6. Fill a pastry bag, fitted with a # 9 tip, with the dough, or use a spoon to form small puffs, about 3 cm in diameter, and another around 5 cm in diameter on parchment paper or silpat.
  7. Brush the puffs with some beaten egg yolk and transfer to the oven.  Bake for 30 minutes to 40 minutes until golden brown.  Cool the puffs on a wire rack.
  8. To fill, make a hole using the tip of a very small piping nozzle and fill with your choice of filling (hazelnut mousse recipe here).

Red Icing Recipe

  • 1 cup icing sugar
  • 2 tablespoons milk
  • a few drops of red food colouring
  1. Mix the icing sugar, milk and red food colouring together and use to dip the baked choux pastry.

Hazelnut Mousse Recipe – see link.

To Assemble

Lay a coloured smaller dough on top of the larged colored dough.  Pipe with some whipped cream using a star nozzle in between the two doughs as if to form a collar.  Top with some more whipped cream to form Santa’s hat.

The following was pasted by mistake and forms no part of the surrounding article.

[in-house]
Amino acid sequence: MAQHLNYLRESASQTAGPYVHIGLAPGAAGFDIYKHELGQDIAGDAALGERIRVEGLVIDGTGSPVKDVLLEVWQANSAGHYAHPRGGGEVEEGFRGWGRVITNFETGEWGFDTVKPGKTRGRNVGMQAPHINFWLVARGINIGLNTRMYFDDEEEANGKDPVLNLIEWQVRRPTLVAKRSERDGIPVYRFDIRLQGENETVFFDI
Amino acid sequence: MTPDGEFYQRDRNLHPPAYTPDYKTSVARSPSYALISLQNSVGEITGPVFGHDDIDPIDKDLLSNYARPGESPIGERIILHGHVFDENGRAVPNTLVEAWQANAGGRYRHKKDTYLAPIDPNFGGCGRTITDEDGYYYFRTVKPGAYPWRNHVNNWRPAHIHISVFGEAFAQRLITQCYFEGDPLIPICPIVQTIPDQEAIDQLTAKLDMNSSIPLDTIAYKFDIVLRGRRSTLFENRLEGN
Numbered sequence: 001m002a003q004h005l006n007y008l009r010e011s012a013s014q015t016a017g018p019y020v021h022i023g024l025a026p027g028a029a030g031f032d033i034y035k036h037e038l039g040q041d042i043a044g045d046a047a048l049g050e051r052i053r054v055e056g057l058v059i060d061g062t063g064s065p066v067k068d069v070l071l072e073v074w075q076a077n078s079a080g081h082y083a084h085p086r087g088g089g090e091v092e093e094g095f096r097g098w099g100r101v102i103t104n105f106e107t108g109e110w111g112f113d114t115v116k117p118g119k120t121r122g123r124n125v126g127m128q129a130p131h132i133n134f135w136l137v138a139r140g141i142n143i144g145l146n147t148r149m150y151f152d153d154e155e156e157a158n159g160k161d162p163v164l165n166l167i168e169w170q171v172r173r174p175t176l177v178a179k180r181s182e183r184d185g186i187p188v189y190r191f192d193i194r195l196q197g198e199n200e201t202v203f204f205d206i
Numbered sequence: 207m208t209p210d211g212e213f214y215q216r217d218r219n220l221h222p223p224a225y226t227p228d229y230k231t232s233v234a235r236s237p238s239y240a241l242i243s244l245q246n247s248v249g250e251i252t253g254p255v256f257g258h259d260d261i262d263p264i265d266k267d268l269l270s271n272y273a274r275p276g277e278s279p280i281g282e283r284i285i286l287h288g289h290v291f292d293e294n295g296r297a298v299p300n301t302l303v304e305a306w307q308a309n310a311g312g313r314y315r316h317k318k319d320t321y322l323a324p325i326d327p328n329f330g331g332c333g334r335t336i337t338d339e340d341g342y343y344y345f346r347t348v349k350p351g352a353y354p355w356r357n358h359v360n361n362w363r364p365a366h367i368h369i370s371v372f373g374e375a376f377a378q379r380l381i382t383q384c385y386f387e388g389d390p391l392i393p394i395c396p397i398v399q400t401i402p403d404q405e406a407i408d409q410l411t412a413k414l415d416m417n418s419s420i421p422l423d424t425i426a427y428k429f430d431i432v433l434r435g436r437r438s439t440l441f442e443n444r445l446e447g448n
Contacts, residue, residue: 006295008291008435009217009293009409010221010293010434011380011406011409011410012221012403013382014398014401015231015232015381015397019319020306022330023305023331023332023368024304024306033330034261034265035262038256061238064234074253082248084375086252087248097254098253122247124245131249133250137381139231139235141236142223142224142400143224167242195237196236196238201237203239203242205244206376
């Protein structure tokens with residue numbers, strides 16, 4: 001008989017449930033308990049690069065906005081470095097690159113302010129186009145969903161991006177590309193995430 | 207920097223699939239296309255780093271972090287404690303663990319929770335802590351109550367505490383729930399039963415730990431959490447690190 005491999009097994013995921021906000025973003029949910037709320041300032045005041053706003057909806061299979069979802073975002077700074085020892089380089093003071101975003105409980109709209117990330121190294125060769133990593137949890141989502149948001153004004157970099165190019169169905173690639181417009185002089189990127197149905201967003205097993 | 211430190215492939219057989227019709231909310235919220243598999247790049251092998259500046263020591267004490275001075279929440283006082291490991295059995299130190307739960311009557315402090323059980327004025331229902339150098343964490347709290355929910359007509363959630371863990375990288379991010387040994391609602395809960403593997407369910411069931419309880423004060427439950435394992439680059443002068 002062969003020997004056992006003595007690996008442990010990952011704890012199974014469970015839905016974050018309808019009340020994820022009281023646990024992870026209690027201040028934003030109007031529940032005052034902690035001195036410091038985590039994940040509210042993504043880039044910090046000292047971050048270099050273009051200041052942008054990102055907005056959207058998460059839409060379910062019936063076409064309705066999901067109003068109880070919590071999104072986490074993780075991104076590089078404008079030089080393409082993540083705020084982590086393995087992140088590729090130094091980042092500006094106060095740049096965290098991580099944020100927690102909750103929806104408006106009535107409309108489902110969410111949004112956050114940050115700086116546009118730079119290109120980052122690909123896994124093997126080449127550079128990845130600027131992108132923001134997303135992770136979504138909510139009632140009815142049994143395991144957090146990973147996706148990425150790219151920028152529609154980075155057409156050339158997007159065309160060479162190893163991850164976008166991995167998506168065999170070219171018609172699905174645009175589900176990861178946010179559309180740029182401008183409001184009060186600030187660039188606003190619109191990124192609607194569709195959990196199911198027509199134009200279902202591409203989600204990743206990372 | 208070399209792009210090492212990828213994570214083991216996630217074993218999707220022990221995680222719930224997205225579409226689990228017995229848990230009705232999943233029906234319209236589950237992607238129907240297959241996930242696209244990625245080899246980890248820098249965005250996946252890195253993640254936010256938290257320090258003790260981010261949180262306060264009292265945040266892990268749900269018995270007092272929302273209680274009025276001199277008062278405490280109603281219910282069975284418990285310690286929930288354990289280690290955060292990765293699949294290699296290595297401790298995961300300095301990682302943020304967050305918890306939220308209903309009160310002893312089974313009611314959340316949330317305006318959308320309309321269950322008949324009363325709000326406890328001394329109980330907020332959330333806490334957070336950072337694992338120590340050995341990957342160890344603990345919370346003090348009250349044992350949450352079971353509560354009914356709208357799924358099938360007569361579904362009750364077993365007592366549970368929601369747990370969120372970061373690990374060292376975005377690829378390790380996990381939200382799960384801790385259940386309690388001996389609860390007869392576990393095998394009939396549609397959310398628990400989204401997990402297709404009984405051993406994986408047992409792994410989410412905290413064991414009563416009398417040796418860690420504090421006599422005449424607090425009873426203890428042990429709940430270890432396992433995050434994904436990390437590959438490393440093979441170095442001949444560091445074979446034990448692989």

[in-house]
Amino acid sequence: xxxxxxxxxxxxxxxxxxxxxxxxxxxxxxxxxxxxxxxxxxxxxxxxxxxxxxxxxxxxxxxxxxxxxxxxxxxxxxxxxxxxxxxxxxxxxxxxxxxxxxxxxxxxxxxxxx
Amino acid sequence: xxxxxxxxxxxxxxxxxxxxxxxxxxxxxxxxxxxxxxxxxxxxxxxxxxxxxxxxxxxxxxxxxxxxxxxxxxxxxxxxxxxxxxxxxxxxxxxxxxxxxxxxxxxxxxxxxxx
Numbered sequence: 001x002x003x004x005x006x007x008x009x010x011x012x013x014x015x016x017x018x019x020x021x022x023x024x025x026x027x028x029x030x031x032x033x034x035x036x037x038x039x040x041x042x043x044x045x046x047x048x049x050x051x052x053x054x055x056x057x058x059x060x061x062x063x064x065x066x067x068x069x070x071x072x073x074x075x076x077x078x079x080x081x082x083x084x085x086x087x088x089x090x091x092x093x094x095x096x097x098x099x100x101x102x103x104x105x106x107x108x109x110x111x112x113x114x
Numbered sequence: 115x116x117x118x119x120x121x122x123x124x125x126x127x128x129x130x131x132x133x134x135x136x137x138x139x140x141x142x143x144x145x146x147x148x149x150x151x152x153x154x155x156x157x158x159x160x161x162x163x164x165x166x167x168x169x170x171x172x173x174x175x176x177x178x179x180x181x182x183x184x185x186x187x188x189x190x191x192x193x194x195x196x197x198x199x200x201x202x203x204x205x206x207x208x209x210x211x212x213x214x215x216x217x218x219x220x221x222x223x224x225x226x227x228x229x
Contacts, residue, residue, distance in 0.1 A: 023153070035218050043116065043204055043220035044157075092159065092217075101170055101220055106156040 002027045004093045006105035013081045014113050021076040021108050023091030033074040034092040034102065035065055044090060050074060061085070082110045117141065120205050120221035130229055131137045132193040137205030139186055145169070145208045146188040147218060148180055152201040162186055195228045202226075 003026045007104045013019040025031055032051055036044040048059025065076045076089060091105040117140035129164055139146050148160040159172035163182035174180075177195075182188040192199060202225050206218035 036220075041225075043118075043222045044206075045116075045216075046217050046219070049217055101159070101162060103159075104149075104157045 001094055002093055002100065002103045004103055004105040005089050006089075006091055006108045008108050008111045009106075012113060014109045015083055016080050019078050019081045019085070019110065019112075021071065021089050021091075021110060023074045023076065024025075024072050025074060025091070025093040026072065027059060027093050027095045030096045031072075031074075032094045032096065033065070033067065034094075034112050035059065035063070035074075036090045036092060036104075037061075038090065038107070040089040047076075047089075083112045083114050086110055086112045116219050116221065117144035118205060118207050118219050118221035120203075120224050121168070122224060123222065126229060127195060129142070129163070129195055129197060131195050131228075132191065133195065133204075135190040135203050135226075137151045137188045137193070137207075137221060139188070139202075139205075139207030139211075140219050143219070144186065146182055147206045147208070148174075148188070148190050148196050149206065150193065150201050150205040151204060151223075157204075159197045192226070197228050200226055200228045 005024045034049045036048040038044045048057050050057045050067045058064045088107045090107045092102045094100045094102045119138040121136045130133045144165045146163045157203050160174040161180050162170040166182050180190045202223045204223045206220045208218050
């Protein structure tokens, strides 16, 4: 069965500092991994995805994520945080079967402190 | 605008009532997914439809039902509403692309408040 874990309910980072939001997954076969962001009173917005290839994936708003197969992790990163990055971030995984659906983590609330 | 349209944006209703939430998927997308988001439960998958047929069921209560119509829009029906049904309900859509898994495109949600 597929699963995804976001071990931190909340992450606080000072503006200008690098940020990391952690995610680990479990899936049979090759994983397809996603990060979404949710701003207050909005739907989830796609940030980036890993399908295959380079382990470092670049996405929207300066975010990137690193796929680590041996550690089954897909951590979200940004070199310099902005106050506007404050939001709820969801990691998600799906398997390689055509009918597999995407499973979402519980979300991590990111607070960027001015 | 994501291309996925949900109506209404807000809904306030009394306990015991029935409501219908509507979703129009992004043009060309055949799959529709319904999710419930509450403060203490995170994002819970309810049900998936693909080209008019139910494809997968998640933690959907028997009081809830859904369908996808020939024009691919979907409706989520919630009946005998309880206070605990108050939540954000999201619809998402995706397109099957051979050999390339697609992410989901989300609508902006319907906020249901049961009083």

Santa Choux Pastry

Stumble It!

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Chocolate Cookies with Cranberries and Pistachios

Here’s a confession – I never go Christmas shopping.  Ever.  I do always have good intentions to buy gifts early, wrap them nicely and write a sweet card wishing everyone the best for the Holiday Season… but it never happens.  Usually, my sister will shop for family and friends.  She is ultra organized, actually shops throughout the year places the gifts in a large box  so that come December everyone has a very nice gift from her… and usually from me too as I always ask her to “add my name” to the card she writes… Sometimes, if it’s someone she doesn’t know, at the last minute I’ve been known to panic shop, tell people “close your eyes and put your hands out” and then place an unwrapped gift in their hands.  It’s a bad habit which I intend to break this year.